A silly analogy

From: Roy Hann <specially_at_processed.almost.meat>
Date: Fri, 29 May 2009 09:22:18 -0500
Message-ID: <edidneCEcJAHcoLXnZ2dnUVZ8uydnZ2d_at_pipex.net>



A thread called "ID field as logical address" has just started. I have an unpleasant feeling that it is going to lead to a lot of squabbling over how doing a silly thing is silly, and little else. I don't want to get involved in it. However I do want to share a couple of examples which illustrate why I instinctively prefer to avoid synthetic IDs whenever it is advantageous to do so.

Imagine you are a cook working for an agency and you get sent to diffferent kitchens every day. On the first day you are presented with this recipe:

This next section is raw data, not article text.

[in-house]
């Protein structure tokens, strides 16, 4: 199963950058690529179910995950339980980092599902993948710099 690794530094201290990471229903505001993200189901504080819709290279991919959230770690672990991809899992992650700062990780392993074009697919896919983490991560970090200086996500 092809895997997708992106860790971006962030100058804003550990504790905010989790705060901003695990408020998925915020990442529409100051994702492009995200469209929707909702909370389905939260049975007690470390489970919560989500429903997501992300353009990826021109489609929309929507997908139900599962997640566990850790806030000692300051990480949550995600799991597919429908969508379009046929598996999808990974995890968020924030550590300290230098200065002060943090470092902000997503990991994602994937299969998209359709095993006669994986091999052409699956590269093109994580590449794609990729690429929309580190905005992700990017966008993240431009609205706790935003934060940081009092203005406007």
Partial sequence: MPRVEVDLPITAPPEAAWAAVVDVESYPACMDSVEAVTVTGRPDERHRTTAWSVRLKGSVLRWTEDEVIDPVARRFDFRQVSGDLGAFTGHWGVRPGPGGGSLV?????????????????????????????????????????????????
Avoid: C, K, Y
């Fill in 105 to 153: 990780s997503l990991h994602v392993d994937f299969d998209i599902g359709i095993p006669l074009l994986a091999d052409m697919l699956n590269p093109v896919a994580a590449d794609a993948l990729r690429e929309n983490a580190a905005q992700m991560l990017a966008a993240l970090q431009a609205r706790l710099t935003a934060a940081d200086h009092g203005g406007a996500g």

Take 1 cup of whatever you find on the top shelf in the third cannister from the right, and add 1 cup of whatever is in the first bottle on the bottom shelf in the fridge, and mix in a pinch of the stuff in the bag on the floor to the left of the fire exit.

The next day, you are told:

Take 1 cup of whatever you find in the container labelled 23, and add 1 cup of whatever is in the container labelled 1, and mix in a pinch of the stuff from the container labelled 1057.

And on the third day you are told:

Take 1 cup of white flour, and add 1 cup of water, and mix in a pinch of yeast.

Which of these has the least scope for going wrong before you even start cooking? Which of these allows you to understand what you are doing? Which of these allows the kitchen to be reorganized, or completely demolished and rebuilt elsewhere without any changes? Which of these is universally comprehensible?

-- 
Roy
Received on Fri May 29 2009 - 16:22:18 CEST

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